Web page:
Letters: Scalpels out for 'mischievous, vicious, sensational, insulting' editor of 'Lancet'

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Indy Lifestyle Online
I, TOO, was a medical student in the 1980s. Unlike Dr Richard Horton, the editor of The Lancet, ("How doctors have betrayed us all",14 June) I never "learned to keep other doctors' mistakes a secret". It is mischievous to suggest there is a covert code among doctors to distance them from accountability to patients when the reverse is the case.

Far from ignoring patients' views, bodies such as the General Medical Council include more patient representatives than ever before, as do hospital appointment committees, royal college working groups and consultant appointment committees. This is at the behest of the profession and it is misleading to imply otherwise.

Dr Horton's allegation of misconduct amounting to deliberate patient injury on the part of a surgical colleague is contemptible. It is compounded by the comment "this sort of practice - and far worse - is not uncommon". If he has such knowledge then the GMC is clear on where his loyalties lie - firmly with his patient. Lurid copy as it makes, unsubstantiated innuendo of this nature should be dismissed until evidence is brought forward using the appropriate channels.

The British Medical Association and the royal colleges have made enormous strides in recent years to make themselves more accessible to the public and act as a powerful focus for patient advocacy. They are a force for the improvement of patient services and for the implementation of the highest standards of medical training and practice. Such endeavours have frequently brought them into conflict with government ministers.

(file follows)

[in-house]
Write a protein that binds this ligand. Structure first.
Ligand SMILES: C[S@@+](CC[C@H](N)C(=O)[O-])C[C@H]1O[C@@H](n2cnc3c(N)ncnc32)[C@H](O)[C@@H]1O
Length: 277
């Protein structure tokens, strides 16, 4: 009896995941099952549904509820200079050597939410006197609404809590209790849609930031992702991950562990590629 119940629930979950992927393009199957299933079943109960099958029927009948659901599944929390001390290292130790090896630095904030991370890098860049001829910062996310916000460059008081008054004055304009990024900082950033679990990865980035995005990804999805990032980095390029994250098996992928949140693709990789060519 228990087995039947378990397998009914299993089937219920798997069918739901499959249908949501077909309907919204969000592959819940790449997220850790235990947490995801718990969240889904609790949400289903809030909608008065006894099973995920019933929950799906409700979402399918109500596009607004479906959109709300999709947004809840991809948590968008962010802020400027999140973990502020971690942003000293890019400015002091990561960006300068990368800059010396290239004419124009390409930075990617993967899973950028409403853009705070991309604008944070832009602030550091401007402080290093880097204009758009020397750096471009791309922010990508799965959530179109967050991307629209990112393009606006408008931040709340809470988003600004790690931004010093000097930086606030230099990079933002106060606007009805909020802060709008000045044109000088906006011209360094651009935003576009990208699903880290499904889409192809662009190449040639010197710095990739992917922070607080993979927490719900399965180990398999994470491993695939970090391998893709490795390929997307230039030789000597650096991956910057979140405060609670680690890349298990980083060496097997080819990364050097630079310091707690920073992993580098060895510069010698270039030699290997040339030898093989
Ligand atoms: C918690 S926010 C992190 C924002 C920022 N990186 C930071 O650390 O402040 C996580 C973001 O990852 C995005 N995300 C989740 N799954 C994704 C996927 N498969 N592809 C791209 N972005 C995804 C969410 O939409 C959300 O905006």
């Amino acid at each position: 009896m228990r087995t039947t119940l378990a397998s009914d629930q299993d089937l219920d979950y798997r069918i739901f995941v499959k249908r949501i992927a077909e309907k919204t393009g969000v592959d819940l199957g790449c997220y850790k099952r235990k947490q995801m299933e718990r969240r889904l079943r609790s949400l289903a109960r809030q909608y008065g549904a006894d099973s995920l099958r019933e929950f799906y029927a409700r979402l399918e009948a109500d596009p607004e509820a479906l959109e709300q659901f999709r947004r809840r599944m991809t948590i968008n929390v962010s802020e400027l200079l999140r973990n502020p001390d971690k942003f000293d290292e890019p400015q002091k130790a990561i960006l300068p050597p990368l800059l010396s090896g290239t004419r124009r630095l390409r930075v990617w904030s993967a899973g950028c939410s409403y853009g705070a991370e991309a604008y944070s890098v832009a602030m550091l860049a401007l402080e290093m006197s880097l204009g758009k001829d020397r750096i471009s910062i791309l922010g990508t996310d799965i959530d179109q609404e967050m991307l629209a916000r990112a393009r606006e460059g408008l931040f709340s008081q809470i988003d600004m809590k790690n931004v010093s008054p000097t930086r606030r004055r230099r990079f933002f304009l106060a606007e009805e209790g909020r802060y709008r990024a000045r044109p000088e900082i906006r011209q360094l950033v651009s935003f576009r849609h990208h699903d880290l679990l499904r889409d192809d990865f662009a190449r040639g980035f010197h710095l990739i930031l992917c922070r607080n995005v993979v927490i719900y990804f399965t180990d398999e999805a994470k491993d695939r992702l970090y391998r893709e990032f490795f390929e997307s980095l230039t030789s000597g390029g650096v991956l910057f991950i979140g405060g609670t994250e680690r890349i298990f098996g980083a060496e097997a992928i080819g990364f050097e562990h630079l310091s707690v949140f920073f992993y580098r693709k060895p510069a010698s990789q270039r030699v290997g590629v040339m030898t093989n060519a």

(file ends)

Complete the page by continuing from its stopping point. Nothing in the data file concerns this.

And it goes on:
Dr Horton claims that the response of the profession to known failures is "denial". The very report he quotes to support this was conducted at the instigation of the fellows of the Royal College of Surgeons and the findings made public. Surely this represents an honest effort to address difficulties and institute change for the better?

Dr Horton uses the tragic Bristol cases as an example of the undermining of public confidence in the profession and quotes an increase in the number of GMC hearings as demonstrating how patient trust has been breached. Surely these cases show how committed the profession is to the philosophy of accountability and probity?

Dr Horton has used his position to add gravitas to his personal views. His conclusions are at variance with the facts. He has publicised unsubstantiated allegations and vicious innuendo.Who is guilty of betrayal?

R W Clarke, FRCS

Honley, West Yorkshire